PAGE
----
Long-term diet-induced hypertension in rats is associated with reduced expression and function of small artery SKCa, IKCa, and Kir2.1 channels
Research output: Contribution to journal › Journal article › Research › peer-review
Hypothesis: A 28-week diet rich in fat, fructose, or both, will lead to changes in K+ transporter expression and function, which is associated with increased blood pressure and decreased arterial function.
Methods and Results: Male Sprague Dawley rats received a diet containing normal chow (Control), high-fat chow (High Fat), high-fructose in drinking water (High Fructose), or a combination of high-fat and high-fructose diet (High Fat/Fruc) for 28 weeks from age 4-weeks. Measurements included body weight (BW), systolic blood pressure (SBP), mRNA expression of vascular K+ transporters, and vessel myography in small mesenteric arteries. BW was increased in the High Fat and High Fat/Fruc groups, and SBP was increased in the High Fat/Fruc group. mRNA expression of SKCa, IKCa, and Kir2.1 K+ channels were reduced in the High Fat/Fruc group. Reduced EDH-type relaxation to acetylcholine was seen in the High Fat and High Fat/Fruc groups. Ba2+-sensitive dilatation to extracellular K+ was impaired in all experimental diet groups.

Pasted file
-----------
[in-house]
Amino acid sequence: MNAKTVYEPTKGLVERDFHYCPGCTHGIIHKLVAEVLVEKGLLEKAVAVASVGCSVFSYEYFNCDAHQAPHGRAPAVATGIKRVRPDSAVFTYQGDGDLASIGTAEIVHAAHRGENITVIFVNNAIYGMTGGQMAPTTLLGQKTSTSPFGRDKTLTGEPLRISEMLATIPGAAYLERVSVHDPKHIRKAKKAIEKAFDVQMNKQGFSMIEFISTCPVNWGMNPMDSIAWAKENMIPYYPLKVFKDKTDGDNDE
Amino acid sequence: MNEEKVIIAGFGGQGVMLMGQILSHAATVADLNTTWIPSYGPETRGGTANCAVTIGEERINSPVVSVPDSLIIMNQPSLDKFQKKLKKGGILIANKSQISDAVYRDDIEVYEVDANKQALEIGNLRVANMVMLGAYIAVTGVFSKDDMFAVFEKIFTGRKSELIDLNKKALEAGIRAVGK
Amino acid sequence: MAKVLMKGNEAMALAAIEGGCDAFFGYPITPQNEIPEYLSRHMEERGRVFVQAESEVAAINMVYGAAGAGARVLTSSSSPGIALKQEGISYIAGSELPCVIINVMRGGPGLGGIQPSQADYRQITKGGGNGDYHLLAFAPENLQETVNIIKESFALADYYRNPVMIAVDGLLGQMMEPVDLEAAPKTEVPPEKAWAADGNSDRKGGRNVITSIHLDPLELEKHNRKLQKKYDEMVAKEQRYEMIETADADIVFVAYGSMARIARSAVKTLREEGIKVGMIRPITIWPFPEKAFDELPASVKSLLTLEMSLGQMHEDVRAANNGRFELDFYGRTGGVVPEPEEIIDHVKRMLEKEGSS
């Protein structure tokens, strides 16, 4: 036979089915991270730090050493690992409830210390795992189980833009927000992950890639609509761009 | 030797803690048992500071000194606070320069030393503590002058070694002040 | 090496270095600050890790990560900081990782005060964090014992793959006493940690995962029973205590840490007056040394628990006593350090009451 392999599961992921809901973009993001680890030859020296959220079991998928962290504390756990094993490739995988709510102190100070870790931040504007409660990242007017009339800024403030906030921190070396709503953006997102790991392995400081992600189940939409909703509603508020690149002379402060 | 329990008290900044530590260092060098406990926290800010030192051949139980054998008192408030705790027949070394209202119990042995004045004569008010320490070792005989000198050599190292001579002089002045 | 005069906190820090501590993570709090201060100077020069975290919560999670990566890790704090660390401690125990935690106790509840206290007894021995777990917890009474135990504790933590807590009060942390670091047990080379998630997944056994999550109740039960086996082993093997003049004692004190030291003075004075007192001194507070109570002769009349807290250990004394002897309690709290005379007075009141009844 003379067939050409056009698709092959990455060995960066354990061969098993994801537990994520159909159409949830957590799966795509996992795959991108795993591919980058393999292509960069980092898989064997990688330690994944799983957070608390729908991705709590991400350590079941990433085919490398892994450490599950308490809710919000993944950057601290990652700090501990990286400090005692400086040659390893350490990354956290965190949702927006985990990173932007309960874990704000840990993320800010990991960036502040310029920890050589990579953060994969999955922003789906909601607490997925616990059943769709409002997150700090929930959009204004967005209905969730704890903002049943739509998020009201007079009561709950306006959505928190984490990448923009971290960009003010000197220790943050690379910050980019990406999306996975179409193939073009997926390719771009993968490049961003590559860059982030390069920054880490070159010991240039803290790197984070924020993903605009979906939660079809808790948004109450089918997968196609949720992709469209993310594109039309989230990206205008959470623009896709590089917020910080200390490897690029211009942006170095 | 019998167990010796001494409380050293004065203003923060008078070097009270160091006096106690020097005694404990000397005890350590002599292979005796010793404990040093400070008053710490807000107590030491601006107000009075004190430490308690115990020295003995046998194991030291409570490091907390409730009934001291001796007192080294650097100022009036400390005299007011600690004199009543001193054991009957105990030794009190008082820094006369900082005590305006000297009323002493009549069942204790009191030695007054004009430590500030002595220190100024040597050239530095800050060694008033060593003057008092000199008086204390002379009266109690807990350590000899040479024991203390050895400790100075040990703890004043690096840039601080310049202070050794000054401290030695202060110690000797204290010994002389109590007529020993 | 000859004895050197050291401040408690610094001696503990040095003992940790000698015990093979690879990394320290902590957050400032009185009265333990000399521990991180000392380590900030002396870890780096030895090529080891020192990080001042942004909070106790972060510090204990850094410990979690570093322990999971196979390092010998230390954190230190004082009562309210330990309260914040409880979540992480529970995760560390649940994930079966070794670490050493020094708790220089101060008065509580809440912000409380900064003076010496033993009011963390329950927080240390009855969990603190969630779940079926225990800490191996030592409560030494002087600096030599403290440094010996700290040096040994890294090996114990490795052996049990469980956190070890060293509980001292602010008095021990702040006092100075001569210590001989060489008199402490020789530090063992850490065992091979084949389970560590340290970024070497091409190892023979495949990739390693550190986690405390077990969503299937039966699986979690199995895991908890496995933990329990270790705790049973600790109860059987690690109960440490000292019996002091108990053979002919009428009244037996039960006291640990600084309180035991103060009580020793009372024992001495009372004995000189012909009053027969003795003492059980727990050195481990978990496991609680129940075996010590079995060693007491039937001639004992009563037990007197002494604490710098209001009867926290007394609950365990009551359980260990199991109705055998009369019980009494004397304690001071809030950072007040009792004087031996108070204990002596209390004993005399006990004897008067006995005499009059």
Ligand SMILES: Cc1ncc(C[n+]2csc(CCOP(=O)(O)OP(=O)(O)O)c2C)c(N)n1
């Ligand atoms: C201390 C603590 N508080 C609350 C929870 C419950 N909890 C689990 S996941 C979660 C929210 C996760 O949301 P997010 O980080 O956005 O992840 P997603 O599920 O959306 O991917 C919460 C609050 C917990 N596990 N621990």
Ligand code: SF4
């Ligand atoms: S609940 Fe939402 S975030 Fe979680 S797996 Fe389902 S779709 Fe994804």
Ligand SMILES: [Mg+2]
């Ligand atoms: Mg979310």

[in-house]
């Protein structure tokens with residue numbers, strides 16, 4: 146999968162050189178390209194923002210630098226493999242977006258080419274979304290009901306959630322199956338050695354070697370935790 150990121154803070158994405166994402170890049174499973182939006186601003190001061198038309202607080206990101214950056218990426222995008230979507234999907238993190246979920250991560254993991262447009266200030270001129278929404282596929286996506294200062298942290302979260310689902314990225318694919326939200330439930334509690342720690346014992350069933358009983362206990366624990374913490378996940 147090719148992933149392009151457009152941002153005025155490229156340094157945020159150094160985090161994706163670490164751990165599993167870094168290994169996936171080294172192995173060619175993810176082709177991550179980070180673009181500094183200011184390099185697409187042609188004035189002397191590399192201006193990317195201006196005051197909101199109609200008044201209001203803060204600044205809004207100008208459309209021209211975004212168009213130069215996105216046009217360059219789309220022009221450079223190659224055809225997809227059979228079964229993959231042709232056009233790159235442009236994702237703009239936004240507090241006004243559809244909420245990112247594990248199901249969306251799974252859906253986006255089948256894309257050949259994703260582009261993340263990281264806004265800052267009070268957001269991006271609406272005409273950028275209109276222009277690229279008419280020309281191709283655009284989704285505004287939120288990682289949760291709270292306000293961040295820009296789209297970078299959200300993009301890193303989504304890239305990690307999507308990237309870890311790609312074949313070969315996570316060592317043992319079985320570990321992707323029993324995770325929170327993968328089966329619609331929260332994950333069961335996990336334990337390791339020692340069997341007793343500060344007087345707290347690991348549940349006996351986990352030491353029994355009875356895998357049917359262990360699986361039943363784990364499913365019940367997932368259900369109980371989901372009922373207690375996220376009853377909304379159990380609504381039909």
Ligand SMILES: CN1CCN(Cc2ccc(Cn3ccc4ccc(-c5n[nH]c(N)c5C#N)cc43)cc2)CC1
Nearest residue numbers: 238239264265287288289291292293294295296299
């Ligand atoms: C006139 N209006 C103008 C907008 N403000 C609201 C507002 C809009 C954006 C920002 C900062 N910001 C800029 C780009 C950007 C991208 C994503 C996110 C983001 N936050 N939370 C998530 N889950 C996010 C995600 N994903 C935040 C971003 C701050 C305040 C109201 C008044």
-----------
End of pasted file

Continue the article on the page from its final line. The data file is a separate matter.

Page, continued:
Conclusions: Reduced expression and function of SKCa, IKCa and Kir2.1 channels is associated with elevated blood pressure in rats fed a long-term high fat/high fructose diet. Rats fed a 28-week high fat/high fructose diet provide a relevant model of diet-induced hypertension.
|Number of pages||14|
|Publication status||Published - 28 Feb 2018|
• We investigated whether a long-term (28 weeks) diet rich in fat, fructose, or both fat and fructose would lead to changes in K+ transporter expression, and whether this was associated with increased blood pressure and decreased arterial function.
• In the present study, we detected a reduced mRNA expression of SKCa, IKCa, and Kir2.1 K+ channels in rats fed a diet with High Fat and High Fructose, and this was associated with increased SBP, reduced EDH-type relaxation, and reduced K+-induced dilatation in small arteries.
• Our data point to a role of SKCa, IKCa, and Kir2.1 K+ channels in diet-induced hypertension, and indicate that rats fed a long-term diet consisting of High Fat and Fructose may be a valuable model for studying hypertension induced by the diet.